Ich fühle, daß ich ein ungewöhnlicher Glücksfall bin inmitten all des Unheils rund um meine Freunde – besonders die aus Deutschland …
[I feel that I have had an extraordinary stroke of luck amidst all the doom surrounding my friends – especially those from Germany ... (ed. trans.)]
Walter Gropius in a letter to the British architect Maxwell Fry on 19 March 1940
|Born||on 18 May 1883 in Berlin, Germany|
|Died||on 5 July 1969 in Boston, Massachusetts, United States of America (USA)|
|Exile||Great Britain (United Kingdom), United States of America|
When Walter Gropius went to England in October 1934, he did not think that he would spend the next two and a half years living there. His planned stay in England was connected to a project that he was working on. Walter and Ise Gropius wanted to return to Germany after he had completed the commission. He was probably hoping that the bad work situation in Germany, caused by the dominance of Nazi aesthetics in architecture and design, would be temporary.
Outside of Germany, Walter Gropius continued to be, on account of his lectures, publications and contacts with important people, a sought-after architect. Walter Gropius had earned himself a reputation as the founder of, and a talented teacher at, the Bauhaus college of design. In the UK he was at first faced with language difficulties. He had to rely on help for the translation of his lectures and journal articles, but subsequently acquired the necessary language skills in language courses. The imperial system of measurement was another thing Gropius had to adjust to in practicing his profession.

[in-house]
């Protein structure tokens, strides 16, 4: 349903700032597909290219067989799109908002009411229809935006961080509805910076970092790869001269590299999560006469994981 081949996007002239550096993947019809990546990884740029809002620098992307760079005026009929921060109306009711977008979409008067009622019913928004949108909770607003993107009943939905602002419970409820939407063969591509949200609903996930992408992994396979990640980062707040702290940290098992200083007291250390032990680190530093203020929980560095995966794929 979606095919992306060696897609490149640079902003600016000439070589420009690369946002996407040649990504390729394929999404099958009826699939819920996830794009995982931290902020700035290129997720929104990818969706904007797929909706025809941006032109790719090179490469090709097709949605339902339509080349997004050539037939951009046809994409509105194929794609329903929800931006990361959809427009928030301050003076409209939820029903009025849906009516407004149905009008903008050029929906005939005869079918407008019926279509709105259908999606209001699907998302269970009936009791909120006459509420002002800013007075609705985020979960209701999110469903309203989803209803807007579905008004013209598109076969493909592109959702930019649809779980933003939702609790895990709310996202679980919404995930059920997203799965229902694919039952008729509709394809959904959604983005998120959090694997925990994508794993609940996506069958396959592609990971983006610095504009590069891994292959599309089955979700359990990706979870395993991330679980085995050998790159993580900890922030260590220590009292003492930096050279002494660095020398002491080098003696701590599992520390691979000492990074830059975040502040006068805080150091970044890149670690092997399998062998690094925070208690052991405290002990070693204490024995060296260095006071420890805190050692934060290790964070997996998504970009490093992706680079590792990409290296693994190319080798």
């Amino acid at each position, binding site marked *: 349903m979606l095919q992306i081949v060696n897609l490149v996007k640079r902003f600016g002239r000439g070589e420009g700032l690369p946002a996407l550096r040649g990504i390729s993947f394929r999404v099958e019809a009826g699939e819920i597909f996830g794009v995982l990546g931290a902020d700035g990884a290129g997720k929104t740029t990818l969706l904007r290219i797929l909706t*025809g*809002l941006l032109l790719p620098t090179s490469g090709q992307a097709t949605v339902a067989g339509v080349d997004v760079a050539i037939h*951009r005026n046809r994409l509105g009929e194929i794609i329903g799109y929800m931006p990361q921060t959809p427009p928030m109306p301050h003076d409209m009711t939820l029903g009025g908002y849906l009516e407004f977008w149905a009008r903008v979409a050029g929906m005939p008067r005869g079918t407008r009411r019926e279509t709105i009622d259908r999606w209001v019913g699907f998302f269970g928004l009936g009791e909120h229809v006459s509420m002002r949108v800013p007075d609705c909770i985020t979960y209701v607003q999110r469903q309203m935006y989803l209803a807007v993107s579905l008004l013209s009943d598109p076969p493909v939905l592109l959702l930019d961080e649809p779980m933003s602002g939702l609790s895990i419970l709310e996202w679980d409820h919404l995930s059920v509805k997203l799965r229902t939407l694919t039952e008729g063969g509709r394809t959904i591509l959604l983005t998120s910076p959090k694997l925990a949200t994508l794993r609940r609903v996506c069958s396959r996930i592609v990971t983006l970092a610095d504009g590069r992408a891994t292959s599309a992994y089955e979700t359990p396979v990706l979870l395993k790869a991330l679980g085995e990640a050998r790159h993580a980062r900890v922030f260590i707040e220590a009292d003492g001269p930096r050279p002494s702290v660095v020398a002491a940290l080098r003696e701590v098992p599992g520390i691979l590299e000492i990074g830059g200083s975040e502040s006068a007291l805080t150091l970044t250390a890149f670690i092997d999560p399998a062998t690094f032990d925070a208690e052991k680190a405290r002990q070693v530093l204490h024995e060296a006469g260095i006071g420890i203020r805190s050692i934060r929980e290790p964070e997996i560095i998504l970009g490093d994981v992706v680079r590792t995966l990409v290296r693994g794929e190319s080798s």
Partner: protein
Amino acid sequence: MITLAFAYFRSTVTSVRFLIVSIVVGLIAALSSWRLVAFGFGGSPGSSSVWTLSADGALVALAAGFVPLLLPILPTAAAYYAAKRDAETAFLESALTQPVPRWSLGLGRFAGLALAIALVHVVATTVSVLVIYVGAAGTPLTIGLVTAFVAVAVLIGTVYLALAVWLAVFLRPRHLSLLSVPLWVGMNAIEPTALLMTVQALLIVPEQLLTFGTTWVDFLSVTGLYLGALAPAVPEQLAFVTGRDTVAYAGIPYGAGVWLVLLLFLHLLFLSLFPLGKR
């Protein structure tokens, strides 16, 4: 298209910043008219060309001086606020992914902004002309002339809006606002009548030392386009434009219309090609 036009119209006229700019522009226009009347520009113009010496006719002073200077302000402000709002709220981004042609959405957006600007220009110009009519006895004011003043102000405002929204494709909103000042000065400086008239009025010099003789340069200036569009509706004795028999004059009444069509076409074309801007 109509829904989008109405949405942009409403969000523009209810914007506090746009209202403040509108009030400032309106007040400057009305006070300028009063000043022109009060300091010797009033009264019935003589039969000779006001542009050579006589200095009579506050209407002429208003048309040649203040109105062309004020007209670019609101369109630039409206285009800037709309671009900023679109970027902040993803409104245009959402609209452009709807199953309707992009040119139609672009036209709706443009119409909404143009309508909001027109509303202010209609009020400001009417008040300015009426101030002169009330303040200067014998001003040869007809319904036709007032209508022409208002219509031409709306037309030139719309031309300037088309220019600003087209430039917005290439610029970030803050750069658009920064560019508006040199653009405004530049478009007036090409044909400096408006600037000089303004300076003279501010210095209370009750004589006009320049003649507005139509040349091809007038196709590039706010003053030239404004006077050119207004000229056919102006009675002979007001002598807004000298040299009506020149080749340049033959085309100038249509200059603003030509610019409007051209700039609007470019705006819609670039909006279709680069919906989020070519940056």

Gropius benefited from working closely with other architects, as did they with him: from 1934 to 1937 with Maxwell Fry in London, from 1937 to 1941 with the German emigrant architects Marcel Breuer and Konrad Wachsmann in the United States.
With his appointment at Harvard in 1937 as Professor of Architecture and in 1938 as head of the architecture department, Gropius decided to leave Germany finally behind him for good and emigrated to the United States. After the death of Ise’s sister, Walter and Ise Gropius took in her daughter Beate, who also moved with them to the US in the summer of 1937. Six months after his arrival in the United States, Walter Gropius requested citizenship, which was granted to him in 1944.
Dartington Hall theatre conversion, Totnes, South Devon (1935)
Haus Gropius, Lincoln, Massachusetts (with Marcel Breuer) (1938)
Frank residential house, Pittsburgh (with Marcel Breuer) (1939/1940)
Aluminium City Terrace, New Kensington, Pennsylvania (with Marcel Breuer) (1941/1942)
The Packaged House System for the General Panel Corporation (with Konrad Wachsmann) (1942-1952)
Isaacs, Reginald R.: Walter Gropius. Der Mensch und sein Werk (2 Bände). Berlin: Gebr. Mann 1984
Nerdinger, Winfried: Walter Gropius. Berlin: Gebr. Mann 1985